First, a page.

What will you most miss for the 20 years you're no longer here?

I could concentrate on what might have been, but what's the purpose of that? We all face death. I could be 85 years old, all my friends have died, I'm in an old folks' home. I'm fortunate in many ways to die a robust and healthy man. Those memories of myself are all that they know. There's a lot of upside.

You must have had a lot of time to reflect in recent months. What are two of your happiest memories?

Last year my wife Miang and I had a sabbatical in Cambridge. My son lives in Cambridge with two beautiful children and my daughter lives in London. We went together on a family holiday to the south of France. It was the most extraordinary time, in this little villa down there, eating wonderful food, swimming in the swimming pool, going for walks amongst the sunflowers and the French lanes.

The other happy moment was in 2009. My wife, who has spent a lot of time in the United States, knows the national parks there very well. She took me and we went for a tour of five national parks. We're not the only beautiful country on earth. I've climbed mountains in Slovenia, I've walked in the mountains between Poland and Slovakia. I've always been a great outdoors man.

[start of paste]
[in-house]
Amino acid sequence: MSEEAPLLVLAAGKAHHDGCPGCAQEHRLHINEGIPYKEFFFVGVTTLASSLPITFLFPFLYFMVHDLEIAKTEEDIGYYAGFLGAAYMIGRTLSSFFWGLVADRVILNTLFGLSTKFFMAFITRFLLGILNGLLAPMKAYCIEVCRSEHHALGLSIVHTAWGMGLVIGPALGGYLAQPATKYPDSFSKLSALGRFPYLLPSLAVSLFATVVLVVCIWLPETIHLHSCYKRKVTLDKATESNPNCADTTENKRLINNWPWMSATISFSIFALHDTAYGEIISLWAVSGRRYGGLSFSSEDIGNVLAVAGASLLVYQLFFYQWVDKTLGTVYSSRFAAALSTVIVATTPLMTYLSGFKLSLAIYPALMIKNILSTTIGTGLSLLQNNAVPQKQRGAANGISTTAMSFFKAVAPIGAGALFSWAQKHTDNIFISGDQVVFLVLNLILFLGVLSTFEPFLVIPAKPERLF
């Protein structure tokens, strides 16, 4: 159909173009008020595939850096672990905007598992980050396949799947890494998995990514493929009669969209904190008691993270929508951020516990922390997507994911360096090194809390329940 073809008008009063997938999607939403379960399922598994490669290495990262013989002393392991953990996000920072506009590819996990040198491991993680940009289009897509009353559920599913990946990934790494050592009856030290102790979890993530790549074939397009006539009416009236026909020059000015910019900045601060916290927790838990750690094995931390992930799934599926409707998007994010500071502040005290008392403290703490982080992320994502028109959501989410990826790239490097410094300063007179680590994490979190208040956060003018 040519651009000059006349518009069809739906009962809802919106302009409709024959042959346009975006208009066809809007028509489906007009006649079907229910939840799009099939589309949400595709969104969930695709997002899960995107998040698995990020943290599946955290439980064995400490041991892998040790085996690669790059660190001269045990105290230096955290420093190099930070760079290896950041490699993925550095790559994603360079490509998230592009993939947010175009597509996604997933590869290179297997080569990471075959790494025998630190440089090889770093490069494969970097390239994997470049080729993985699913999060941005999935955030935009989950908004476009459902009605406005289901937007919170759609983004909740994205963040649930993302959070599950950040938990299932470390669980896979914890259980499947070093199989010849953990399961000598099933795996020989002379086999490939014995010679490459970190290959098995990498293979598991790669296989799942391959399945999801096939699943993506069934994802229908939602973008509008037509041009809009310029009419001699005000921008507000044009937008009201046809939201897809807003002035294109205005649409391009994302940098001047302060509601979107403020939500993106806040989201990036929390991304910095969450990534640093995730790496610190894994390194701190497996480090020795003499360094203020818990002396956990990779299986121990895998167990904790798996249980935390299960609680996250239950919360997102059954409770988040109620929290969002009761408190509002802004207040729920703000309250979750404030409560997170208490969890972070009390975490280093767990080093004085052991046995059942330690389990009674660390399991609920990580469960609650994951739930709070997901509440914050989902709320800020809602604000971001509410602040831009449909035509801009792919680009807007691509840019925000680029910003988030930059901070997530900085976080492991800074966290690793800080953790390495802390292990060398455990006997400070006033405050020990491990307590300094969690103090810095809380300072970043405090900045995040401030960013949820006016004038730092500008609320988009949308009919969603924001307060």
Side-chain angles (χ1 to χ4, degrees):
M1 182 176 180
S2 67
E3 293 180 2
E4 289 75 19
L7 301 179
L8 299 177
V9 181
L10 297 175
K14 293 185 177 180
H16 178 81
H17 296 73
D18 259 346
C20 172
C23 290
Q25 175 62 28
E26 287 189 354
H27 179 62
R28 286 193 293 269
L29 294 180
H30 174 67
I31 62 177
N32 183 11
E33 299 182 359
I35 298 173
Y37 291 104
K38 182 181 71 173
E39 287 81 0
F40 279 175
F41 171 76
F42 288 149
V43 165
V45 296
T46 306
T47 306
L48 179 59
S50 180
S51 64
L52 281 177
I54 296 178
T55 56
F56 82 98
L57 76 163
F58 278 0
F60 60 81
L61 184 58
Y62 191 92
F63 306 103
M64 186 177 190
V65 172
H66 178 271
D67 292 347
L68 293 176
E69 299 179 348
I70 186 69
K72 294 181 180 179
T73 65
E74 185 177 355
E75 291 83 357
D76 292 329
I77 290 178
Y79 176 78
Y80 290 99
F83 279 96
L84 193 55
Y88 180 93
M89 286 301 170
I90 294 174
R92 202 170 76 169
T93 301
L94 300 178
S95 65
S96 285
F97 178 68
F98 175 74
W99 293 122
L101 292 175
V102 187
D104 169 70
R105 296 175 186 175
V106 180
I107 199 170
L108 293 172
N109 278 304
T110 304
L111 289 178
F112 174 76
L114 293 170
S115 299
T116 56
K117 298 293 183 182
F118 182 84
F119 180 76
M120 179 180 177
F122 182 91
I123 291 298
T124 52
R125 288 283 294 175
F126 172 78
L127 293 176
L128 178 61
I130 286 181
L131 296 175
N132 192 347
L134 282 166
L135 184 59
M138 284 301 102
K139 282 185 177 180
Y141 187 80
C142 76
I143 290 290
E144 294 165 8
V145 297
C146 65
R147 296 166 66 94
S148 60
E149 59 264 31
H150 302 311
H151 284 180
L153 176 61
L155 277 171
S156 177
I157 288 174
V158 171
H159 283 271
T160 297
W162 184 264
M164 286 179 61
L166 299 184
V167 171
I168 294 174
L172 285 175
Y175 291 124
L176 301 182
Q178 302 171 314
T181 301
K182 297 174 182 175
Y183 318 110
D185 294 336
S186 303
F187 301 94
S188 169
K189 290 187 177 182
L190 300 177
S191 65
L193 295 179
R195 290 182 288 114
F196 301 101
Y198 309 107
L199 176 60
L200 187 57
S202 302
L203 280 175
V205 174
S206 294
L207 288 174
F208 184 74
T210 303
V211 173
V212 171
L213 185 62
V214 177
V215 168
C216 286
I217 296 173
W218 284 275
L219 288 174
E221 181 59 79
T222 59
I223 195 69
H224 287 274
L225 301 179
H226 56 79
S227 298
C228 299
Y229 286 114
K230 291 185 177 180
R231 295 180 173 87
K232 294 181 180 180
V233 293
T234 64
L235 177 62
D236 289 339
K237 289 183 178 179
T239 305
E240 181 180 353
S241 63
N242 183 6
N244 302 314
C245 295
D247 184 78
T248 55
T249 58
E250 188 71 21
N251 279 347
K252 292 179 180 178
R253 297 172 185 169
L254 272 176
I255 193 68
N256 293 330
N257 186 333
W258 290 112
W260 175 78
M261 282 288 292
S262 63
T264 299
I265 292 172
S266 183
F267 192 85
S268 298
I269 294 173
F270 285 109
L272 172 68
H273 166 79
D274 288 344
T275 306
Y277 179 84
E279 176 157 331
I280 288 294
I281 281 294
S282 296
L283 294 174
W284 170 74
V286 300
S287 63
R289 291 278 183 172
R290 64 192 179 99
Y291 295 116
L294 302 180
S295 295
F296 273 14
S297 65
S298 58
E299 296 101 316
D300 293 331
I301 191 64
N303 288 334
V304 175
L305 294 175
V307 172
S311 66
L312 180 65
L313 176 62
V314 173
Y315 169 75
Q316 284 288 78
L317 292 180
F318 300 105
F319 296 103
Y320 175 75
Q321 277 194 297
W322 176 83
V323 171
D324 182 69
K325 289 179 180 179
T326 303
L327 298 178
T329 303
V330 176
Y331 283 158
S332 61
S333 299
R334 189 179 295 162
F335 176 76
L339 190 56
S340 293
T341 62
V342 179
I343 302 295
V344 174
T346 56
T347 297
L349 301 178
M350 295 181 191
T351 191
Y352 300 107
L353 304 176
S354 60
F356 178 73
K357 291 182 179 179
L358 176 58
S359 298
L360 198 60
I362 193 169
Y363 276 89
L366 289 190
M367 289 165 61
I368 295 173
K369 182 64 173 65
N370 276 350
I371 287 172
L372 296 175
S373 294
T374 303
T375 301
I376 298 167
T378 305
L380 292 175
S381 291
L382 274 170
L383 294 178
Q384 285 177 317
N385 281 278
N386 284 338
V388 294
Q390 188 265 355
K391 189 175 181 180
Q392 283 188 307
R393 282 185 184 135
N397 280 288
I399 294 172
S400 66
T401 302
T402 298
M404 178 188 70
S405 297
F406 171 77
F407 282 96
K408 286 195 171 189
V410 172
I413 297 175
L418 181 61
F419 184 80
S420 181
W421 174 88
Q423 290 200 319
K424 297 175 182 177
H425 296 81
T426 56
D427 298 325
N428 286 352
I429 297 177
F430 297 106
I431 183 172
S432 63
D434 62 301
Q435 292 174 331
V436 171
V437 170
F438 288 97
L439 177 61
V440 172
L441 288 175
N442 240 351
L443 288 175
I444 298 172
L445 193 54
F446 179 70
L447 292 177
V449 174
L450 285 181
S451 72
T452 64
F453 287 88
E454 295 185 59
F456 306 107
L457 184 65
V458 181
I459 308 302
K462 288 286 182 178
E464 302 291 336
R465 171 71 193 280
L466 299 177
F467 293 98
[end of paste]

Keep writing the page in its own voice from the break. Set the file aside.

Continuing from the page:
You're an atheist. Has that made it easier or more difficult to come to terms with death?

I'm an atheist in the sense that I don't believe in an omnipotent, all-knowing, omnipresent creator.

That's not to say I'm not a spiritual man. I acknowledge the mystery. In the sense that there are questions there that are not answered by simple paradigms around evidence and consistency, which is the way science works. Around values and why we're here at all. The point is the singular chance that you should happen to be born. What is the chance of that? Zilch. But when we die we go back and we're not around any more.

So I feel there's nothing to fear from death. What can I fear? I've been under general anaesthetic, I know what it's like just to disappear. I have no fear, only regret I'm not here to share more of my life with my kids.

How do you hope that you will be remembered?

As having made a difference.